Law School to Host Conference on Federal-State Cooperation on Antitrust Matters
Media Contact: Nancy Goldfarb, 212-854-1584 or [email protected]. edu.
New York, Oct. 2, 2009 -- Top officials from the U.S. Department of Justice, the Federal Trade Commission, and state attorneys general offices will meet at Columbia Law School to discuss how they can improve cooperation in addressing antitrust issues.
The Oct. 7 event at Faculty House, “Antitrust Federalism: Enhancing the Federal/State Relationship,” is being sponsored by the National Association of Attorneys General (NAAG) and the Law School’s National State Attorneys General Program, which for the past five years has provided a forum for attorneys general to discuss issues such as the oversight of charitable organizations, consumer protection, and environmental concerns.
The featured speakers will be Christine Varney, Assistant Attorney General, Antitrust Division, U.S. Department of Justice; Jon D. Leibowitz, Chairman, Federal Trade Commission; and Richard Cordray, Attorney General of Ohio and co-chairman of the NAAG Antitrust Committee.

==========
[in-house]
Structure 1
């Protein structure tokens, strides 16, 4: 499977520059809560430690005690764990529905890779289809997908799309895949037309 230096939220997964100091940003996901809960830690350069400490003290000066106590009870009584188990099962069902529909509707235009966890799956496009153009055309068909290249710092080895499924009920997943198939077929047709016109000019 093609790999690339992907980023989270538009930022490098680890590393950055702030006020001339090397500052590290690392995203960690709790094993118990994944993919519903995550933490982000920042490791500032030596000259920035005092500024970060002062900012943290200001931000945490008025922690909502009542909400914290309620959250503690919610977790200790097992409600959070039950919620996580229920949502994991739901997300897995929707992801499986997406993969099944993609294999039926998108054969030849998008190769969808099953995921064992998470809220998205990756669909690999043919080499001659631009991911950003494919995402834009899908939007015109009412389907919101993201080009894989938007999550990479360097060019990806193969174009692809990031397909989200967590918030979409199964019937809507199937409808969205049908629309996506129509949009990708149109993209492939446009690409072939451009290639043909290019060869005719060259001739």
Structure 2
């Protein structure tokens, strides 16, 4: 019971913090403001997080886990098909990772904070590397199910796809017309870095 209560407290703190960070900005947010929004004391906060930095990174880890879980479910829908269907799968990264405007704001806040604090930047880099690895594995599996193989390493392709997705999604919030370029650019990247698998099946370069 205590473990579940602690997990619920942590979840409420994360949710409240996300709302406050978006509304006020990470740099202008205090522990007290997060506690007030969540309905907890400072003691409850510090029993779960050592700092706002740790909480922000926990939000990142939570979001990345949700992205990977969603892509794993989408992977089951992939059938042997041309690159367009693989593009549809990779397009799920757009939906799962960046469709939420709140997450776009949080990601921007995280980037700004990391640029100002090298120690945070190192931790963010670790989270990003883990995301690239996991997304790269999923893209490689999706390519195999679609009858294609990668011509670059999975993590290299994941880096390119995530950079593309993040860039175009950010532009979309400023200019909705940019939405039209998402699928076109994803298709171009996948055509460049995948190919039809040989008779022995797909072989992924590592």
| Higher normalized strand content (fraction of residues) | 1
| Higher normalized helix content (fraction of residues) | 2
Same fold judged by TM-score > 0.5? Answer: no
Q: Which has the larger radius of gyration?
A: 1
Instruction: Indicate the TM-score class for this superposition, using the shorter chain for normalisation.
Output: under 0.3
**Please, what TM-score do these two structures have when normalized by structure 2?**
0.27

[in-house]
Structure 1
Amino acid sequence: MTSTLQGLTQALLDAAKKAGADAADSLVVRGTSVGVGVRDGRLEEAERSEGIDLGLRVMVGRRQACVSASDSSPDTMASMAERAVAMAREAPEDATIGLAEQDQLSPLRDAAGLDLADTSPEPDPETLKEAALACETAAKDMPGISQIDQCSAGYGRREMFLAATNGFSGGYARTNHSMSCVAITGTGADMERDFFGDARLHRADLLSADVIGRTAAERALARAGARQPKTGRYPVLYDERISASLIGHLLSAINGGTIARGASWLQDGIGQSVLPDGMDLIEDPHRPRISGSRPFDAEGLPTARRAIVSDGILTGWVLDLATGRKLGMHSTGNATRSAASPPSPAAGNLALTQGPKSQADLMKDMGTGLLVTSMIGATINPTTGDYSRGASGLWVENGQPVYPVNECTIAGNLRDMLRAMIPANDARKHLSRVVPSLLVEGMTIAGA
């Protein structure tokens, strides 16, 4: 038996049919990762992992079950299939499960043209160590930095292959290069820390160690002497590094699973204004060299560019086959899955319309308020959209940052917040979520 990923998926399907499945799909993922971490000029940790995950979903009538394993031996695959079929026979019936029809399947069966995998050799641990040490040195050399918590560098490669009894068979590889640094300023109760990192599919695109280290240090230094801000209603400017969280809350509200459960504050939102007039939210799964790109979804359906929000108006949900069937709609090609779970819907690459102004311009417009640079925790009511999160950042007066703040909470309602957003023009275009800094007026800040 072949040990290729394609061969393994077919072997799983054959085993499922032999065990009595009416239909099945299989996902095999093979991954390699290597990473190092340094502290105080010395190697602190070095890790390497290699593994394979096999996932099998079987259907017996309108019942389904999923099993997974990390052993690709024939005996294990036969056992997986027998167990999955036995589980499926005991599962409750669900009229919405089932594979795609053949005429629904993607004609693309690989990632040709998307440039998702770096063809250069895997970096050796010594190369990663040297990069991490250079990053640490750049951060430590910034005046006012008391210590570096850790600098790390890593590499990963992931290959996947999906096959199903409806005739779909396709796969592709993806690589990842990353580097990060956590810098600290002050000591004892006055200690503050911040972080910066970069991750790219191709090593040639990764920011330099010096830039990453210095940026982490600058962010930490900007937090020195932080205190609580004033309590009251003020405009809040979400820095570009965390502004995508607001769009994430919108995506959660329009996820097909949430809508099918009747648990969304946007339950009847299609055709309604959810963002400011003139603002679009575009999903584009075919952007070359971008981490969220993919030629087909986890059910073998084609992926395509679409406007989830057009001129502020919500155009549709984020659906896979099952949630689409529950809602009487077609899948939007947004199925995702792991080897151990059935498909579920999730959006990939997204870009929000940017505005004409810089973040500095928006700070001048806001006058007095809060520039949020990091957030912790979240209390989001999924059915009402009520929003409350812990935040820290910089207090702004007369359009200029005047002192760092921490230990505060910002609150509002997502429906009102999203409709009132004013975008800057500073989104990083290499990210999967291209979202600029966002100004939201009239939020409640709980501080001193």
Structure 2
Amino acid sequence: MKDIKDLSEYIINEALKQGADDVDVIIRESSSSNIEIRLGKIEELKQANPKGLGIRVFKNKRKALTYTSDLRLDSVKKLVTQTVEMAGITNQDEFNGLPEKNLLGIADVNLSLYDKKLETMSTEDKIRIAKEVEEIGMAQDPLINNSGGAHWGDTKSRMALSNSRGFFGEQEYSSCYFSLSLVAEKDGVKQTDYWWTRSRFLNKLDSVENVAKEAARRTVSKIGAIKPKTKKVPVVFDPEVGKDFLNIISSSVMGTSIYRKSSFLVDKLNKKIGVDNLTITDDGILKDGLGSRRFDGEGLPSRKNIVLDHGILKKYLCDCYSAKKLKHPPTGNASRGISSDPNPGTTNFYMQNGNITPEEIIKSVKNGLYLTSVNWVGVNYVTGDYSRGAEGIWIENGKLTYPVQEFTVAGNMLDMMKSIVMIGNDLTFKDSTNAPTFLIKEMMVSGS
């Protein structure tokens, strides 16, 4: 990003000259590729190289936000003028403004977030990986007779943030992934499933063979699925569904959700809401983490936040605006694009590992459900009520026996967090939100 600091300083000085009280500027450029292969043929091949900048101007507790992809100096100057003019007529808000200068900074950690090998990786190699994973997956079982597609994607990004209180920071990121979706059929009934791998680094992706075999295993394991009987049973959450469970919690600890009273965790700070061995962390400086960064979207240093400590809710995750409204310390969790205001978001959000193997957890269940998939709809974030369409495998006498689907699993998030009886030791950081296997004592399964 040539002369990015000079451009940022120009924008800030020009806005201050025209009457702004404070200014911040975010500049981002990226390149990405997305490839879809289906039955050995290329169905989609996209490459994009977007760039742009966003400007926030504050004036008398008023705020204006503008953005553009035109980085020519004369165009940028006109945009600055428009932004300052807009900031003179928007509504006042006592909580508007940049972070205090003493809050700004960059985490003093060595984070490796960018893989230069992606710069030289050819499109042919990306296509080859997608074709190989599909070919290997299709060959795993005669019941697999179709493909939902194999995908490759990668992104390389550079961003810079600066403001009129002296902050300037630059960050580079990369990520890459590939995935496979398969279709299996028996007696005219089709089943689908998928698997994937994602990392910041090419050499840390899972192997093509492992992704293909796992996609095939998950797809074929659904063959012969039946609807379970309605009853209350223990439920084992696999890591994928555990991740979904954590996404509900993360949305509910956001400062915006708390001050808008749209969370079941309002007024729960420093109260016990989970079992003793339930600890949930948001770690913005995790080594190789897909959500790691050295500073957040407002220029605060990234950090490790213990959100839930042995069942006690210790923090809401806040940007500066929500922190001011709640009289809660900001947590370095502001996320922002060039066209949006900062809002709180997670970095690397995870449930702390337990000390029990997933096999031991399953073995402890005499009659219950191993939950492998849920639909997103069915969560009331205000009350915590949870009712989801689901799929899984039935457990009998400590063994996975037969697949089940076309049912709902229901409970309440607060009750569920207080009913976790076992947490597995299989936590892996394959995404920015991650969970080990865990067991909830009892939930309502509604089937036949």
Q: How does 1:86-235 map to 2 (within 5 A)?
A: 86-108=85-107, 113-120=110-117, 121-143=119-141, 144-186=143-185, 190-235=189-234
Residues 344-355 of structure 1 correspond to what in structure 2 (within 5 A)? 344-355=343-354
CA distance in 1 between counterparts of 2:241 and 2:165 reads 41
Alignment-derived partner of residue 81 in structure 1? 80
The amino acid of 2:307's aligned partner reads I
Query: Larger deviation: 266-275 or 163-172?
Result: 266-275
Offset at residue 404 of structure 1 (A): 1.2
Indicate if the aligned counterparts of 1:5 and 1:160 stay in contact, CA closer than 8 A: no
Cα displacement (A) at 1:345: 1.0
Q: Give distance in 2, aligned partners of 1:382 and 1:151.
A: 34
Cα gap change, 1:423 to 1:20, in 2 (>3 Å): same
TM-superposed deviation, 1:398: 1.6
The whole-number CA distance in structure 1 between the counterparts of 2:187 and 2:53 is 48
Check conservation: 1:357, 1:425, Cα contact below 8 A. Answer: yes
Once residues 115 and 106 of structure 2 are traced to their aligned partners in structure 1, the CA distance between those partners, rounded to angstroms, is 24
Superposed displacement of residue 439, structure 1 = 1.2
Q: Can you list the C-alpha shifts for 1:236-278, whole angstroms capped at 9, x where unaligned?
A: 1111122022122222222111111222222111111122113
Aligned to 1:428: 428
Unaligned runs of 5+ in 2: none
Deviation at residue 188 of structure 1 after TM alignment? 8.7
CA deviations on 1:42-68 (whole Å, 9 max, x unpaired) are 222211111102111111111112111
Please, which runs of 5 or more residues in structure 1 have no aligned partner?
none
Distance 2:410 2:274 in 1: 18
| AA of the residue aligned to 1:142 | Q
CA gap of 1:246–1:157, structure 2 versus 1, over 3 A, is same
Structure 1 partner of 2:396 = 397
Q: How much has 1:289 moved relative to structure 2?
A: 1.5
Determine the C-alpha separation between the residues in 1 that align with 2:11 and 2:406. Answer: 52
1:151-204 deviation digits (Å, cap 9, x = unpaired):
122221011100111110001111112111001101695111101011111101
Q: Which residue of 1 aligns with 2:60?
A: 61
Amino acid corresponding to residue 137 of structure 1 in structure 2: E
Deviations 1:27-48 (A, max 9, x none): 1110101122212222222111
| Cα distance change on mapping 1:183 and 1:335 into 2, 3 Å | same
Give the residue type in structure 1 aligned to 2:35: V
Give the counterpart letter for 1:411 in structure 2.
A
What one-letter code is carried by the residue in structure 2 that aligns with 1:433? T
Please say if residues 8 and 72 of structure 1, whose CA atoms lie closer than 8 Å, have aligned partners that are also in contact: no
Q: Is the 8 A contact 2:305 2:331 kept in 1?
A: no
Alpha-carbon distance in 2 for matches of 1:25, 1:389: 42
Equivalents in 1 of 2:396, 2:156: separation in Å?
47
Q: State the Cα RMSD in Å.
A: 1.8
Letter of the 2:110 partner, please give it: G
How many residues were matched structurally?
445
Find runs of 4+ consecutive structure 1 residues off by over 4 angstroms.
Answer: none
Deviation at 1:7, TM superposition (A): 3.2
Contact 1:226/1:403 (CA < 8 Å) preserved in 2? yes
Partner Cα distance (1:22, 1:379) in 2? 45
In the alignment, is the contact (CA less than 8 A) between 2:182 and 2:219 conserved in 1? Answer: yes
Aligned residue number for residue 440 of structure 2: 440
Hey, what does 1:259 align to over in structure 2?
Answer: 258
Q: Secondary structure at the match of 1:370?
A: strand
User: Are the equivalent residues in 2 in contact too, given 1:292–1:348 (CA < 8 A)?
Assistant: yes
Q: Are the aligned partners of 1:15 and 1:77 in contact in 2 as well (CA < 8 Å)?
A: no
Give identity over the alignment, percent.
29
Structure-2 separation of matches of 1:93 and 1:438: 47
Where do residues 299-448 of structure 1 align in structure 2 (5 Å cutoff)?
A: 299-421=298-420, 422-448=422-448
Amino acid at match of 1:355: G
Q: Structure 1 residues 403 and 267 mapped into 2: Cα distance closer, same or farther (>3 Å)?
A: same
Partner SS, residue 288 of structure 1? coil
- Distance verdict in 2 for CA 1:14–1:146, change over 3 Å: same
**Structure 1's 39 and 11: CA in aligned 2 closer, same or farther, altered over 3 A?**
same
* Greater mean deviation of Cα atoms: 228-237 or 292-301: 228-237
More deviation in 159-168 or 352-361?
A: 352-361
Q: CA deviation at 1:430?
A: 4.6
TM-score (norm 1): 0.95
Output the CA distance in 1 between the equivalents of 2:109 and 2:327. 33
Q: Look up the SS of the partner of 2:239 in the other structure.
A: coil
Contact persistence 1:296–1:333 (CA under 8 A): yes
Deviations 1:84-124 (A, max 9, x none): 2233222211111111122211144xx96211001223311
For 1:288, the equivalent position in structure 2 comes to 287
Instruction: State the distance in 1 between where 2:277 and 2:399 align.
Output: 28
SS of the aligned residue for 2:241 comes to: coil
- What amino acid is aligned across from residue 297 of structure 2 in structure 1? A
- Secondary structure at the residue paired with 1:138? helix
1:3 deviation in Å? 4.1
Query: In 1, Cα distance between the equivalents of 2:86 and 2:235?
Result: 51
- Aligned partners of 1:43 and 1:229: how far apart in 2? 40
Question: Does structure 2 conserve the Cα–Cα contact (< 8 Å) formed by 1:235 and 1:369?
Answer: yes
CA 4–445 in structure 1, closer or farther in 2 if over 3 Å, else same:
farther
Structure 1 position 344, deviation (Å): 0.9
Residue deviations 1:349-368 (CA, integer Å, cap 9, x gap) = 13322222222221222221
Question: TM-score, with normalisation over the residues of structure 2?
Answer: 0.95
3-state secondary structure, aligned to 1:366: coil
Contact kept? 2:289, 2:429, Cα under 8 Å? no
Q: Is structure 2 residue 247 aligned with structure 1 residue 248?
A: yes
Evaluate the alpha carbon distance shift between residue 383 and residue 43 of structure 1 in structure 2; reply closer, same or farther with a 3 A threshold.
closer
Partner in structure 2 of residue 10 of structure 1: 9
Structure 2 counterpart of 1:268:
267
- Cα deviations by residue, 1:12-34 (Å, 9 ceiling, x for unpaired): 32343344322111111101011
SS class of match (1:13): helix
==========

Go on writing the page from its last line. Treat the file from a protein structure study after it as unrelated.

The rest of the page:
“The DOJ, FTC, and states work better under some administrations than others. Relations among the three had been somewhat strained during the Bush 2 administration,” said Stephen D. Houck, counsel at Menaker & Herrmann, and former chief of the antitrust division in the New York Attorney General’s office.
Most states, like the federal government, have laws to enforce antitrust actions. While there is some overlap, they hold different powers. The federal government can issue injunctions, while the states can sue for damages, according to Houck, who will moderate the conference.
“The power of the states and federal government can complement each other,” said Houck. “Under President Obama, officials from the DOJ and FTC have signaled that they want to enforce antitrust laws more aggressively. This conference is the beginning of the dialogue.”
The National State Attorneys General Program is headed by Director and Lecturer-in-law James Tierney and Ellen P. Chapnick, Dean for Social Justice Initiatives. It examines the implications of the jurisprudence of state attorneys general.
Working closely with attorneys general, their staff, students, academics and other members of the legal community, the Program is active in the development and dissemination of legal information that state prosecutors are able to use in the carrying out of their civil and criminal responsibilities.